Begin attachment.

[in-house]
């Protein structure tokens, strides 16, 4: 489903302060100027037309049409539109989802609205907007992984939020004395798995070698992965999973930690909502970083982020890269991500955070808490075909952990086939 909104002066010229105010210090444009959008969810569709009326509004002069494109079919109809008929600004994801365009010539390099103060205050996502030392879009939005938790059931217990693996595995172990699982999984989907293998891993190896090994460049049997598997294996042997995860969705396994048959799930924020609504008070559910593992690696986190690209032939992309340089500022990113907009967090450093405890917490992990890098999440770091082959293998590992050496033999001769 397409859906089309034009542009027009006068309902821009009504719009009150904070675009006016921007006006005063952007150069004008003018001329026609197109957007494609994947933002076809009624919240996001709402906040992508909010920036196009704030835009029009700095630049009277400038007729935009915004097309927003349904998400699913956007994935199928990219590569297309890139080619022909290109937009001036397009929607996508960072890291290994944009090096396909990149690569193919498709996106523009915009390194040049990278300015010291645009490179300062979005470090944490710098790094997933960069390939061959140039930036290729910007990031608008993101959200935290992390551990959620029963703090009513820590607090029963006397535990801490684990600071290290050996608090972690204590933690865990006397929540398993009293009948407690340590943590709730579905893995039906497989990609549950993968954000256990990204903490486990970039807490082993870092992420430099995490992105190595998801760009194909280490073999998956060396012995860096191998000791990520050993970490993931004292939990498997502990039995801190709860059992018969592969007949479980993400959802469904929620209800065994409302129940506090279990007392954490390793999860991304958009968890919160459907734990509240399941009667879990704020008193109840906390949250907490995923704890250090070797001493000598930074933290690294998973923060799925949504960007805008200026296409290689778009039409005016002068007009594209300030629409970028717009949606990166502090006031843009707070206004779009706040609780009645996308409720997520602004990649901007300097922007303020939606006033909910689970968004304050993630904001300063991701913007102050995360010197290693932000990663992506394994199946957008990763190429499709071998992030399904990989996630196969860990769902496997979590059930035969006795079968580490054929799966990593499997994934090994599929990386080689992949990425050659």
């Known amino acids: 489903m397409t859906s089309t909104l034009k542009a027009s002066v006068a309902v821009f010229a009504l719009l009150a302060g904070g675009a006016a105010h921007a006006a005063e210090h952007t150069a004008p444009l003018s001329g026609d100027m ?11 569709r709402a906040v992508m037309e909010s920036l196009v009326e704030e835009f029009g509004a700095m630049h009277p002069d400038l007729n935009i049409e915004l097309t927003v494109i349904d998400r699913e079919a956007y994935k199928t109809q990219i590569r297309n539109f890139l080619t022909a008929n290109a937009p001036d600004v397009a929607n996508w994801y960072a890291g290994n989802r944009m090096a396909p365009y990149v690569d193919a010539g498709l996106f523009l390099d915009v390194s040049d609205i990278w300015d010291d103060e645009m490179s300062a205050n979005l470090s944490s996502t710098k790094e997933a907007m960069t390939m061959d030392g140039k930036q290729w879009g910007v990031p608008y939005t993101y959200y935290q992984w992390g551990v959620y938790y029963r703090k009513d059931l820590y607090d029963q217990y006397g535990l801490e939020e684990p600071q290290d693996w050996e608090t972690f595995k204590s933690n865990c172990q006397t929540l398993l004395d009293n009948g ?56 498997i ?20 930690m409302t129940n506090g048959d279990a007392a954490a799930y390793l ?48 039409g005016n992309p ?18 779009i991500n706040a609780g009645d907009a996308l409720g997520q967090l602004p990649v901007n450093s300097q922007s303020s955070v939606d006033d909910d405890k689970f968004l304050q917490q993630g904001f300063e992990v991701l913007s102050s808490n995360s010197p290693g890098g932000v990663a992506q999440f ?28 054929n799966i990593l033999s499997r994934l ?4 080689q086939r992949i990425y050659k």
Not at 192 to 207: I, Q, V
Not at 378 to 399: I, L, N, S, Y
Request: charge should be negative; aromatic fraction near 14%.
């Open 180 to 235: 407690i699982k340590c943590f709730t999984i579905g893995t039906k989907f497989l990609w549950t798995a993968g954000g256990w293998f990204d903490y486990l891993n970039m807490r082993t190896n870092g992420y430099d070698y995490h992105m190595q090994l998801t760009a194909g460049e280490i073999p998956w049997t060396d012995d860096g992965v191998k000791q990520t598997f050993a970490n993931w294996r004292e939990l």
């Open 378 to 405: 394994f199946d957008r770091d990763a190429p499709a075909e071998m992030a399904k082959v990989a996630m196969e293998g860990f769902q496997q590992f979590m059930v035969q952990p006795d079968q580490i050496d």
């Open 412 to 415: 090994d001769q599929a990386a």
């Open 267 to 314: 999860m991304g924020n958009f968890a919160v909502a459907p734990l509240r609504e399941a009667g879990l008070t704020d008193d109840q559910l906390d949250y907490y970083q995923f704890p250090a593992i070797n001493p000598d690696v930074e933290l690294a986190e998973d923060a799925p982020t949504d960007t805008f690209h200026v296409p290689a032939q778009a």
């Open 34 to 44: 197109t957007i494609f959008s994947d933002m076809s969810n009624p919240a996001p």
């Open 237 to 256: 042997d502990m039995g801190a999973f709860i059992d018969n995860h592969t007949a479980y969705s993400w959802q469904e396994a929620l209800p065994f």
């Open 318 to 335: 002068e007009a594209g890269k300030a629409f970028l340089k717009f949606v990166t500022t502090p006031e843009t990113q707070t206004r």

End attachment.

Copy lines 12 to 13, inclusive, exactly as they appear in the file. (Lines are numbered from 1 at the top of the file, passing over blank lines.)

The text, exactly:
């Open 237 to 256: 042997d502990m039995g801190a999973f709860i059992d018969n995860h592969t007949a479980y969705s993400w959802q469904e396994a929620l209800p065994f």
């Open 318 to 335: 002068e007009a594209g890269k300030a629409f970028l340089k717009f949606v990166t500022t502090p006031e843009t990113q707070t206004r």